2000

July: Study of rail on the bridge is concluded.

August: Design of Viaduct portion of the new span reaches100 percent completion.

Caltrans launched a $3 million San Francisco-Oakland Bay Bridge West Span Pathway study (funded by MTC/ BATA) to look at the technical feasibility and cost of extending the bicycle/pedestrian path onto the west span. (See Executive Summary and Fact Sheet of the report)

September: U.S. Army Corps of Engineers releases the first of two key reports. In its Interim Final Report, released on September 22, 2000, the Corps of Engineers endorsed the decision to rebuild rather than retrofit the existing east span by stating, "At this point in time, a replacement alternative is preferable to a retrofit alternative. A replacement alternative is the path that most quickly resolves the exposure of the public to the seismic vulnerabilities of the existing structure." (See memo on the report.)

October: U.S. Secretary of Transportation Rodney E. Slater announced on October 11, 2000 that the federal Department of Transportation (DOT) would use authority available under federal law to transfer from the Navy to the state of California land on Yerba Buena Island that will be needed for building the new east span. (See memo on the announcement.) The action resolved the right of way question that at one point had delayed drilling tests (setting the project back by nine months) and that threatened to block construction altogether.

On October 22, 2000, the U.S. Army Corps of Engineers released the second of its two key reports examining the seismic safety of the adopted design for the new span. While acknowledging that the bridge design was still incomplete, the report found that the design team was "moving toward a path to design a bridge that meets the seismic performance criteria." However, the report raised questions about which methods Caltrans should be employing to determine the earthquake ground motions that the new bridge needs to withstand. The report also recommended that Caltrans perform additional documentation, evaluation and testing of the replacement design as it nears completion.

December: On Dec. 7, 2000, the Engineering and Design Advisory Panel (or EDAP, which is affiliated with the BATA-sponsored Bay Bridge Design Task Force) met to respond to issues raised by the U.S. Army Corps of Engineers. An expert witness clearly demonstrated that Caltrans is using the best available method for determining ground motion. Caltrans also made a presentation indicating that the agency intends to implement most of the Corps' recommendations for additional documentation and testing of the new east span design before construction begins (see letter from Caltrans).

2001

April: Caltrans issued an annual report to the Legislature and governor that detailed rising cost estimates and project time delays for the Toll Bridge Seismic Retrofit Program. Caltrans reported that cost forecasts for the program would rise from $2.6 billion, as adopted in SB 60 in 1997, to $4.6 billion.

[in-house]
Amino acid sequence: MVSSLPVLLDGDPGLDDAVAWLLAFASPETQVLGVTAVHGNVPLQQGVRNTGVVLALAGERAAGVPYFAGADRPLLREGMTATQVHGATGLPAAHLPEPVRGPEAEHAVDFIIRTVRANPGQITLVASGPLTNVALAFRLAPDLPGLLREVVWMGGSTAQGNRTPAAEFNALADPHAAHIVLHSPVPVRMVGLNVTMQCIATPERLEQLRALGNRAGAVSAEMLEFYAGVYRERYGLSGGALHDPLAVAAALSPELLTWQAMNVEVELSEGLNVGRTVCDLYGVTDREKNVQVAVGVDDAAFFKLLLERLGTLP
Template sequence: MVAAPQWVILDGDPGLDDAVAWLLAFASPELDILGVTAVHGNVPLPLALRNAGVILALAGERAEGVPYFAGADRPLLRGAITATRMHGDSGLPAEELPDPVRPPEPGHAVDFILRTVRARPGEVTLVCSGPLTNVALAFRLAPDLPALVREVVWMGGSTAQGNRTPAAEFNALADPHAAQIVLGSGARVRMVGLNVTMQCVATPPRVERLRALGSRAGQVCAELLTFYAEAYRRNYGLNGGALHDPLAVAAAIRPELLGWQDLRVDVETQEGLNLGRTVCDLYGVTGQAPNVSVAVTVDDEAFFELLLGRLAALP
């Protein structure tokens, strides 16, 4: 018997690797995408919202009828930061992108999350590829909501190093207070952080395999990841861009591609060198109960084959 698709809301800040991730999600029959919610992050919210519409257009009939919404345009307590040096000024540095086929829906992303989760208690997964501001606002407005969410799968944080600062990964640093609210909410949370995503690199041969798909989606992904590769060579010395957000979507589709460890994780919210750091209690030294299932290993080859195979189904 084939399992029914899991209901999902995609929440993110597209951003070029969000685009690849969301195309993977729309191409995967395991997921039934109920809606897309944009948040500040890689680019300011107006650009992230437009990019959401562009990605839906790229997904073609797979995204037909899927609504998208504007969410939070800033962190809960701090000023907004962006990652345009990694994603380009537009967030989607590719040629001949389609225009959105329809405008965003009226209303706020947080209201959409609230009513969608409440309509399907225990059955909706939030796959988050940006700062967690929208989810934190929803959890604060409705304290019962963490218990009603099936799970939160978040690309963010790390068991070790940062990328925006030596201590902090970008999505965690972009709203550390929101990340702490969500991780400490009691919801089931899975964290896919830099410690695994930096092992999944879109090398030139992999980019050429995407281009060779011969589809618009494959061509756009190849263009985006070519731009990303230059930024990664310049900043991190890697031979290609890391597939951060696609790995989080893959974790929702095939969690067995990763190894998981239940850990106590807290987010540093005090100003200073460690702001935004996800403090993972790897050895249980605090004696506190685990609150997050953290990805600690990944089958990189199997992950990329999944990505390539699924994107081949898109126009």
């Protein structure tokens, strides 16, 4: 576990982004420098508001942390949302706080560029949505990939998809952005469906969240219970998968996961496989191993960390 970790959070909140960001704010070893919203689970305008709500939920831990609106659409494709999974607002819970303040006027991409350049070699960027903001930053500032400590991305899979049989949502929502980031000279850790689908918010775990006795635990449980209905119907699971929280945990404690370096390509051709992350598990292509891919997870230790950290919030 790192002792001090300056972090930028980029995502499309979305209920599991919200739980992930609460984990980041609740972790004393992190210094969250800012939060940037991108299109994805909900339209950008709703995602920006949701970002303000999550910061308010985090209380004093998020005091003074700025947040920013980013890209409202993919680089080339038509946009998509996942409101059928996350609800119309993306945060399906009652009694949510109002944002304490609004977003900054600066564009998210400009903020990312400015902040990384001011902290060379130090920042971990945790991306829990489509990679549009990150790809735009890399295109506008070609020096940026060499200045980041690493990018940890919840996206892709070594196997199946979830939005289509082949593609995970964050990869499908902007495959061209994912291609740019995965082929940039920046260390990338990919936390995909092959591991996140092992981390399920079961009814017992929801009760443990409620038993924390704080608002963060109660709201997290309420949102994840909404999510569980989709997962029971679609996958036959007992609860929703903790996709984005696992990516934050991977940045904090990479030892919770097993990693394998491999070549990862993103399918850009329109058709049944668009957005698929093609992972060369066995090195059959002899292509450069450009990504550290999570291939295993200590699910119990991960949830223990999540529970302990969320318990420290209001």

May: Final Environmental Impact Statement was released.
Caltrans concludes the San Francisco-Oakland Bay Bridge West Span Pathway study (funded by MTC/ BATA) to look at the technical feasibility and cost of extending the bicycle/pedestrian path onto the west span. The study found that, while such a path would be feasible to construct, the least expensive alternative would be more than $160 million (2001 dollars). (See Executive Summary and Fact Sheet of the report)

July: Federal Highway Administration official record of decision was filed.

BATA issues its cost review of the of the Toll Bridge Seismic Retrofit Program conducted by the Bechtel Infrastructure Corp. that details the potential for up to $630 million in additional cost increases in excess of the Caltrans forecast released in April.

October: Funding for the east span was secured with the passage of Assembly Bill 1171. A budget of $5.085 billion was established for the Toll Bridge Seismic Retrofit Program that included a $448 million program contingency.

December: Bids for the skyway portion of the bridge were opened.

2002

January: Construction officially commenced on the skyway portion of the bridge.

2003

April: Bids for the W2 Land Foundation for the Self Anchored Suspension Bridge were opened.

December: Bids for the South/South Detour on Yerba Buena Island from the Tunnel to the Self Anchored Suspension Bridge were opened.

2004

January: Bids for the E2/T1 Marine Foundations for the Self Anchored Suspension Bridge were opened.

May: A single bid for the Self Anchored Suspension Bridge was opened.

June: Caltrans requests assistance from BATA to review their cost forecasts of the Toll Bridge Seismic Retrofit Program.

August: Caltrans issued a report to the Legislature and governor that revealed rising cost estimates and project time delays for the Toll Bridge Seismic Retrofit Program. Caltrans reported that cost forecasts for the program would rise from $4.6 billion, as adopted in AB 1171, to $8.6 billion, including a $900 million program contingency.

2013

The new east span (both westbound and eastbound) is expected to be open to traffic in late 2013.